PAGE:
Lessons from the bunker fuel spill in Vancouver’s harbour

King Stephen – “Canada For Sale” by Royal Prerogative | Tim O’Brien, The Muse

King Stephen – “Canada For Sale” by Royal Prerogative. Photo is from a June 25, 2011 rally of some 3,000 Newfoundlanders on the St. John’s waterfront against the decision of the Harper government to close the Marine Rescue Centre. | Tim O’Brien, The Muse

Sometime in the afternoon of April 8, bunker fuel started leaking from a ship anchored in English Bay in the outer harbour of the Port of Vancouver as it waited to load its cargo of grain at the docks. At 5:10 pm, a recreational boater noticed a large oil slick and called 911. The call was passed on to the Canadian Coast Guard, the designated lead agency for incidents like this. A Port Metro Vancouver boat appeared on the scene around 6:00 pm. Also at 6:00 pm, the Coast Guard alerted the Western Canada Marine Response Corporation – a private company set up to handle harbour spills – which was officially activated at 8:00 pm, arriving on scene at 9:25 pm. The Coast Guard initially reported that an oil-absorbing boom was secured around the vessel by midnight. However, it later reported that this was not done until 5:53 am on the morning of April 9. Meanwhile, the oil slick had spread throughout the harbour and onto surrounding beaches. It took 48 hours for the oil to be identified as bunker C, an extremely heavy, toxic and viscous form of fuel that most freighters use. All this took place just two weeks before Earth Day, April 22.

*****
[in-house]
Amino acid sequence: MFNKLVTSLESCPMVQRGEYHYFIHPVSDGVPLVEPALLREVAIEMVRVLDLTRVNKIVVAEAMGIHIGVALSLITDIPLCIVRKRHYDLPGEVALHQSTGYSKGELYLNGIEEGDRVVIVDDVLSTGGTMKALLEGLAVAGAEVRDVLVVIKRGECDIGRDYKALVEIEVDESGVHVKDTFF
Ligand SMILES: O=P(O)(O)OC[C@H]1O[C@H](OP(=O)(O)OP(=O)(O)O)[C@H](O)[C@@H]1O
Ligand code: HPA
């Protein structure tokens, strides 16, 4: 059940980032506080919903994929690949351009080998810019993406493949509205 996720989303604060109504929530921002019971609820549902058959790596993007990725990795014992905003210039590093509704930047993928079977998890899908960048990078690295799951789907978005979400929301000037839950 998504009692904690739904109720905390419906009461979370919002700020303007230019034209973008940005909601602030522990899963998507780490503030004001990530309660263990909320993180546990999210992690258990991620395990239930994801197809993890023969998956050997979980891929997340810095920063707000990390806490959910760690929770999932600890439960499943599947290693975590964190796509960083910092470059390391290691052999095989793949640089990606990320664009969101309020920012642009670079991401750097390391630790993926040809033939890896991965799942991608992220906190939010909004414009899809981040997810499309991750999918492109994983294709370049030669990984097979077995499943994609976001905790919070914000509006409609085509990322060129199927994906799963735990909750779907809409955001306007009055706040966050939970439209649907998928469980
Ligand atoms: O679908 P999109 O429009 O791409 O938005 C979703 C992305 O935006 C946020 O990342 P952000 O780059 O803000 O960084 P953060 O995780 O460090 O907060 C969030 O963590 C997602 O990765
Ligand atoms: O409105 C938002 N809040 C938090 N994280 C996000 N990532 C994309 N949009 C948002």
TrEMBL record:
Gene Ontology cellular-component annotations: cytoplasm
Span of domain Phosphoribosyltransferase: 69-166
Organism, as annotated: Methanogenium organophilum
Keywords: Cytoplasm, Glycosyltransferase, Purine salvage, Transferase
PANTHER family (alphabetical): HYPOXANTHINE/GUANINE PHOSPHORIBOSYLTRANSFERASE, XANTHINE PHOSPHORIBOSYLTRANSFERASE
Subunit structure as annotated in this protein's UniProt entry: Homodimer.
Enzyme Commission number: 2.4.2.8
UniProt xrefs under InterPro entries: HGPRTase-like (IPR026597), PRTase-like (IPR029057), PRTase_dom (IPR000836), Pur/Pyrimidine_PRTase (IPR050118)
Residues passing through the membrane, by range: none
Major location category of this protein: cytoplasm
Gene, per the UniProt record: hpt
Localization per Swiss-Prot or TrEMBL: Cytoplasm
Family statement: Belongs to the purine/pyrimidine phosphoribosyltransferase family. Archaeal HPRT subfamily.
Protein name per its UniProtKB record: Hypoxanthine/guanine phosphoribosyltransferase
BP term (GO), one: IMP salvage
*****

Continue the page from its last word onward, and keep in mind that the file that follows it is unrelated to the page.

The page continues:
This bunker fuel spill took place in the context of two contradictory and simultaneous trends in the economic agenda of the financial oligarchy with respect to the Vancouver Port: the intensification of port activity and the massive cutbacks in the marine safety network.

Cuts and plans for more cuts to the marine safety network

It is evident that the efficacy of the Canadian Coast Guard has been seriously undermined by closures and cutbacks under the federal Conservative government. Within sight of the ship that leaked the bunker fuel is the former Kitsilano Coast Guard station on Jericho Beach, closed in February 2013 (saving $700,000 a year for the federal Conservatives in their quest for the holy grail of a balanced budget). Fred Moxy, the former commander of the Kitsilano station, said that the response time to the spill would have been minutes instead of hours if the station had still been open. Retired Coast Guard Captain Tony Toxopeus, a coxswain who worked out of Kitsilano, said the base was equipped with a purpose-built oil pollution response vessel, 300 metres of self-inflating boom and other equipment, and crews were trained regularly to deal with oil spill response. “As soon as we saw there was bunker oil we would have hit the alarm button and got moving,” he said. “We could have backed the boat in, towed the boom there and been alongside the boat in 30 minutes.”

One year before the closure of the Kitsilano base, six regional offices of the Environmental Emergencies Program of Environment Canada were closed across Canada, including in Vancouver, leaving only an office in Montreal and in Gatineau, Quebec. Sixty jobs were cut.